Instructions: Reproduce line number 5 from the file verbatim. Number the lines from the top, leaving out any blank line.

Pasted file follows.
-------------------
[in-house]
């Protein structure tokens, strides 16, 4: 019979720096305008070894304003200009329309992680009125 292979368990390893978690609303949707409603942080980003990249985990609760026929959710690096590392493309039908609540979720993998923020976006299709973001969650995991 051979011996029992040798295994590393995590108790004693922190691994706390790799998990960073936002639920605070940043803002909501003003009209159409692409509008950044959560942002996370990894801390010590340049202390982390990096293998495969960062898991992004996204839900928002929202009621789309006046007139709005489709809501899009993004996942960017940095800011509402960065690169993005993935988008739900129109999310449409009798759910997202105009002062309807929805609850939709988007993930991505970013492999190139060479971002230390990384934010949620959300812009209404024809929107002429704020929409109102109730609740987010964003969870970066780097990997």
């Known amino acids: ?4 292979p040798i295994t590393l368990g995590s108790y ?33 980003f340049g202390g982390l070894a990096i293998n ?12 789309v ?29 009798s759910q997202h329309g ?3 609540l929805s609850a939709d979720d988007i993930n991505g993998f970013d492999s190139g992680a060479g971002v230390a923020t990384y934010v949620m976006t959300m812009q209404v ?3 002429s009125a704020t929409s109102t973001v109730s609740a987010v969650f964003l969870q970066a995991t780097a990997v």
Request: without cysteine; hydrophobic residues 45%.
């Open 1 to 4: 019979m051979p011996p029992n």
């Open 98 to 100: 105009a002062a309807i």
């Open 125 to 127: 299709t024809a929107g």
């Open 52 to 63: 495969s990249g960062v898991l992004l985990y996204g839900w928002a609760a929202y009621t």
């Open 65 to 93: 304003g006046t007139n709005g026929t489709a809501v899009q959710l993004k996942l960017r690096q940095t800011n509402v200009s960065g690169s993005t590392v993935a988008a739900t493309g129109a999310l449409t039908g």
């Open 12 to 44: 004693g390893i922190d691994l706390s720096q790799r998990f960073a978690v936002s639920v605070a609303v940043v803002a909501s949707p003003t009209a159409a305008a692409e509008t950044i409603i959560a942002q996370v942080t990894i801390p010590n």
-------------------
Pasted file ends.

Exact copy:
């Open 1 to 4: 019979m051979p011996p029992n």